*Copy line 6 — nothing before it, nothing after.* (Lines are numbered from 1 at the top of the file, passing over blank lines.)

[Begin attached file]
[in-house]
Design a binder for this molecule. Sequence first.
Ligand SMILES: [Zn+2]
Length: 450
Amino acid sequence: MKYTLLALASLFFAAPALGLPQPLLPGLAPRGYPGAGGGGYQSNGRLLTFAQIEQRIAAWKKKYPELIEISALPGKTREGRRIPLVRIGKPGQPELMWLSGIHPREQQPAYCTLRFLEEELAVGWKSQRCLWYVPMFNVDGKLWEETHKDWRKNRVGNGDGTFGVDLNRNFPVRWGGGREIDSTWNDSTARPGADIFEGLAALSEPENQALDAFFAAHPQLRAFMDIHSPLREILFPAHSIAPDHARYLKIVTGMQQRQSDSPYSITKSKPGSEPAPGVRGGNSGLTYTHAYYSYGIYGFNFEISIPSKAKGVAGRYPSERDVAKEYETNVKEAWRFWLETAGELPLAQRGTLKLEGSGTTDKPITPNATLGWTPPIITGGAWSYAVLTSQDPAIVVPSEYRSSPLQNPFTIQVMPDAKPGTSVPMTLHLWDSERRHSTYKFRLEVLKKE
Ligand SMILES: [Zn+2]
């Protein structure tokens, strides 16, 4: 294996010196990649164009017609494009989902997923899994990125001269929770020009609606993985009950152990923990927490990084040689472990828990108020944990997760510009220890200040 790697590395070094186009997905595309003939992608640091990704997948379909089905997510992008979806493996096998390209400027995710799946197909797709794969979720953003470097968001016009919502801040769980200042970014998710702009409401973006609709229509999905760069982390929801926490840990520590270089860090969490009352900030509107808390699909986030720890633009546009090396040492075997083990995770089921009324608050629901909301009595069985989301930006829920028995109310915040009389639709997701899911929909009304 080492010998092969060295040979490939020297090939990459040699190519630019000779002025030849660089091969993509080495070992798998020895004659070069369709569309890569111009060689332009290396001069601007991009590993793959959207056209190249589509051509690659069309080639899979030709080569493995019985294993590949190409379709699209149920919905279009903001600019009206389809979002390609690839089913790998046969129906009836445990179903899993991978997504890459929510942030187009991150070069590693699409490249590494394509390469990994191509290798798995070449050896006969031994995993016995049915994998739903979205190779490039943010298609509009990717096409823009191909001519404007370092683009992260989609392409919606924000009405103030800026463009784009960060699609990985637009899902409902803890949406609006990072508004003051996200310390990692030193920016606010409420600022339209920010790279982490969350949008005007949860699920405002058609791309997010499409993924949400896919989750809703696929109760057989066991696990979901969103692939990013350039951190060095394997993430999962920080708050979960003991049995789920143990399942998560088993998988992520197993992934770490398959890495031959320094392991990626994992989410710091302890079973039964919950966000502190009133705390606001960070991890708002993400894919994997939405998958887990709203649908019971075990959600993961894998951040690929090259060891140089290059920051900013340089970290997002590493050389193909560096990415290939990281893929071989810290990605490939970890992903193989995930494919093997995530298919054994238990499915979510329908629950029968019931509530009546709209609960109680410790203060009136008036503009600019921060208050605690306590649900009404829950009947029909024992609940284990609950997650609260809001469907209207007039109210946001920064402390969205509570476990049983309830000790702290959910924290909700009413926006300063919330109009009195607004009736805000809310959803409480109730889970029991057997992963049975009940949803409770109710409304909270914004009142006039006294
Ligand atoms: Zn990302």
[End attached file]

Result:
Ligand SMILES: [Zn+2]